Osteoarthritis (OA), sometimes called degenerative arthritis or "wear and tear" arthritis, is the most common type of arthritis. OA is a degenerative joint disease.
One in two adults will develop OA in their knees, and one in four will develop symptoms of hip OA by age 85.
It can damage any joint in the body, but it most commonly affects joints in the hands, feet, spine, knees and hips.
Causes of osteoarthritis
Osteoarthritis is associated with aging, but the exact cause is unclear. OA results when the protective cartilage on the ends of your bones wear down over time. This leaves bone rubbing against bone, causing inflammation.
The inflammation causes swelling and pain, and eventually distorts the originally smooth surface of the joints. Bits of bone or cartilage can break off and float inside the joint space. This causes pain and interferes with the joint movement.
As OA progresses, you will experience loss of cartilage, bone spurs around the affected joint and muscle weakness of the extremity.
Your chances of developing OA are higher if you have any of these risk factors:
- Age. Your risk of developing OA increases as you get older.
- Sex. Women are at higher risk for getting OA.
- Deformities. Malformed joints or defective cartilage can increase the risk of OA.
- Injuries. Accidents and sports injuries may increase your risk.
- Excess weight. Being overweight places more stress on weight-bearing joints, particularly your knees.
The symptoms of OA often begin gradually, then worsen over time.
Signs of a problem include:
- Joint pain, especially after overuse or long periods of inactivity, such as sitting for a long time
- Creaking or grating sounds in the joint
- Swelling, stiffness, limited movement of the joint, especially in the morning
- Weakness in muscles around the sore joint
- Deformity of the joint
You should see your doctor when you have joint pain or stiffness that lasts more than a few weeks.
To diagnose OA, your physician will perform a physical exam, checking the affected joints for tenderness, redness or swelling. You will also be asked about the history of your pain.
Your physician may also order imaging and lab tests to further aid in making a diagnosis.
Tests may include:
- X-ray, which can show bone spurs around a joint and cartilage loss between the bone and the joint
- Blood tests, which can help rule out other causes of joint pain, such as rheumatoid arthritis
- Arthrocentesis, a procedure that involves withdrawing fluid from a joint for testing to identify the cause of joint pain
There is no known cure for OA. The goal of treatment is to reduce joint pain, lessen inflammation and improve joint function.
Treatments may include a combination of:
- Over-the-counter pain medicine, such as acetaminophen (Tylenol) and nonsteroidal anti-inflammatory drugs (NSAIDs), such as ibuprofen (Advil) and naproxen (Aleve), have been shown to be effective for mild to moderate pain.
- Topical pain medicines, such as creams containing capsaicin.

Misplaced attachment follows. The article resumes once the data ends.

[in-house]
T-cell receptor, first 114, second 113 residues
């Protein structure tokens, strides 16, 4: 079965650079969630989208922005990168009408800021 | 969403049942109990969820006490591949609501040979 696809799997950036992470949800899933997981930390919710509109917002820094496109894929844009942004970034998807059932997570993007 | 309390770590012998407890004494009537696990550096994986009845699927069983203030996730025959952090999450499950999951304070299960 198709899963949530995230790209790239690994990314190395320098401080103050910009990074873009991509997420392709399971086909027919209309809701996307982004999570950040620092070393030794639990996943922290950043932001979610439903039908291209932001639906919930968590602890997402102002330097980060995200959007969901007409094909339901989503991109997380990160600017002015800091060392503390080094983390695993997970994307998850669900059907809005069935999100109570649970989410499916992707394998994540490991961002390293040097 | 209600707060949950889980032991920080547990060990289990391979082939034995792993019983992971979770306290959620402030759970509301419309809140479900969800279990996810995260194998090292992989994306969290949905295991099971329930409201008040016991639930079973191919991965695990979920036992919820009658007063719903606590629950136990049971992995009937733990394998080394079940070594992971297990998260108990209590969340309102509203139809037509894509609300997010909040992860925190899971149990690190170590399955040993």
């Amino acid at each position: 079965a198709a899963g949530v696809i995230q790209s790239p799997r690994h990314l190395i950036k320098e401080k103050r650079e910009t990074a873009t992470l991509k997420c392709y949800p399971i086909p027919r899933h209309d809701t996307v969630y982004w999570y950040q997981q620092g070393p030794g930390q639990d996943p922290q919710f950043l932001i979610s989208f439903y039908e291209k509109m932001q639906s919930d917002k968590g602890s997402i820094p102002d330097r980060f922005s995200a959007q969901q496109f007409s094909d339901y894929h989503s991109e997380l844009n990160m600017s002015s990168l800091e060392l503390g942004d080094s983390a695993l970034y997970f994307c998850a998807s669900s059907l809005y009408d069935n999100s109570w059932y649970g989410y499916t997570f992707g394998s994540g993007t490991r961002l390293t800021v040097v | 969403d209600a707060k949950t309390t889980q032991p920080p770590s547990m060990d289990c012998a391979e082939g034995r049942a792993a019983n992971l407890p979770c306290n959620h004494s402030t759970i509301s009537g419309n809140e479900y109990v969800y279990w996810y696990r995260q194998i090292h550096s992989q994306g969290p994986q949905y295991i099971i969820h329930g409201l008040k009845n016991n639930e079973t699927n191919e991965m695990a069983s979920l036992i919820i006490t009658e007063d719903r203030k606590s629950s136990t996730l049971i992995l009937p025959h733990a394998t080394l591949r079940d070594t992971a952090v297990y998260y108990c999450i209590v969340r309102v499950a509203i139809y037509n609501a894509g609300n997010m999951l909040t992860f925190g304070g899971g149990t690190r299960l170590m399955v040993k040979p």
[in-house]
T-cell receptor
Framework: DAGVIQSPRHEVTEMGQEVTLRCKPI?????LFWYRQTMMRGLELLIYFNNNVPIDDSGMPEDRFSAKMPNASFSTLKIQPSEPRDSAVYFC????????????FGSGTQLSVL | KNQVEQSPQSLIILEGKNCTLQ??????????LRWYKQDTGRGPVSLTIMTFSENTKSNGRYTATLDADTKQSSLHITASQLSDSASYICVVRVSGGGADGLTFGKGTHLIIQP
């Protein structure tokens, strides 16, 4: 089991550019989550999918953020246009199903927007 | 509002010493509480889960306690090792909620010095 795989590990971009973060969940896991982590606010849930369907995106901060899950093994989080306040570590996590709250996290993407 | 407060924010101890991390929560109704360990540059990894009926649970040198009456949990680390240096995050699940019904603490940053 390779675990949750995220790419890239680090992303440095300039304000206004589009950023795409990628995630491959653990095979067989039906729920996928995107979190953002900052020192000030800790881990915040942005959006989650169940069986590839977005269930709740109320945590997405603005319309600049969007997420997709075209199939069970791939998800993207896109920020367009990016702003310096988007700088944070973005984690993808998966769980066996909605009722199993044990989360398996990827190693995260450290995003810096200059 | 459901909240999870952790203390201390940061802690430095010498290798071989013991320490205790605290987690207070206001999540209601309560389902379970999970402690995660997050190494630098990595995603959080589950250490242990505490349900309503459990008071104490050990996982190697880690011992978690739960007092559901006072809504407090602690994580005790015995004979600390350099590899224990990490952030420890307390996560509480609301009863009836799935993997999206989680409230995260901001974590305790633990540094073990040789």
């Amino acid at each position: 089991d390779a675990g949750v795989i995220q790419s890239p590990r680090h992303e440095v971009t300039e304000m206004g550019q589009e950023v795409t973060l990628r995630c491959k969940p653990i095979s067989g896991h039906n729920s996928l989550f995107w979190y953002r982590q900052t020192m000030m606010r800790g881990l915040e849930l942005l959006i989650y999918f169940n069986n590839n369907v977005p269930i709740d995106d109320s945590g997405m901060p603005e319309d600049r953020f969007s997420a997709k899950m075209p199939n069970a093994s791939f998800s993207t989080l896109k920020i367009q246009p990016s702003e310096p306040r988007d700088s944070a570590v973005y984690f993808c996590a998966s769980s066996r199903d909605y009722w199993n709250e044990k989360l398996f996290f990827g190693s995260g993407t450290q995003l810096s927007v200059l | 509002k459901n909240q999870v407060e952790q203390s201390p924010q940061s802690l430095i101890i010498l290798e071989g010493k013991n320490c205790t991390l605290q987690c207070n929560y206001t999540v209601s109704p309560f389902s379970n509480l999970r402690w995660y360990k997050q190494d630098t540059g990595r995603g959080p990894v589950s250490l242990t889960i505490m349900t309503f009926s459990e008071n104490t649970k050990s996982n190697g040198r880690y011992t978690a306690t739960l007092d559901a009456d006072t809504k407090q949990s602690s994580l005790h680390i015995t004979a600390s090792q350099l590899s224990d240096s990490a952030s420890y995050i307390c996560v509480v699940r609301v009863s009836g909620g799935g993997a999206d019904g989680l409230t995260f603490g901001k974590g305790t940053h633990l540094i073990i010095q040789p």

- Viscosupplementation, which is an injection of hyaluronan into the joint, which helps lubricate the joint.
- Corticosteroid injections can further help alleviate pain.
Wearing shoes with good shock-absorbing soles can give relief during daily activities or exercise.
Advanced OA in the lower body can be relieved by canes, walkers, crutches and orthopedic shoes.
Carrying excess weight results in additional stress on the joints. Losing just five pounds can reduce the weight impact on your joints by at least 15 pounds. The more you lose, the more you and your joints will benefit.
Exercise and physical therapy
Strengthening the muscles around the arthritic joint - especially the knee, lower back and neck - can reduce pain and absorb energy around the joint.
For example, if you have arthritis in the knee, a combination of non-weight bearing exercises such as cycling or swimming, and strength training can help your knee function.
If arthritis pain is limiting your mobility, your physician may recommend assistive devices to help you and prevent accidents.
Recommendations might include having handrails and grips installed in the shower, or elevated toilet seats for easier rising after sitting.
Heat and ice
Heat can keep joints and muscles moving easily, as well as reduce pain.
Using ice after activity can help with pain and reduce any swelling.
Corticosteroid injections to the inflamed joint may be given if other pain medicines do not work. Because repeated cortisone injections can be harmful to the cartilage, they are reserved for those with severe symptoms.
If conservative treatments don't alleviate the pain and discomfort, surgery may be an option. There are two types of surgical procedures:
- Osteotomy. This procedure repositions the bones to redistribute stress on the joint.
- Joint replacement. In total or partial joint replacement, the damaged joint surfaces are replaced with plastic and metal devices (called prostheses).
The less stress you place on your joints, the less likely they are to wear out prematurely.
To reduce your chance of getting osteoarthritis:
- Maintain a healthy weight
- Do regular, gentle exercise (for example, walking, stretching, swimming or yoga)
- Avoid repetitive motions and risky activities that may contribute to joint injury, especially after age 40
- Maintain good posture to keep excessive pressure off your joints
- Wear protective equipment, such as wrist pads and helmets, to protect your joints
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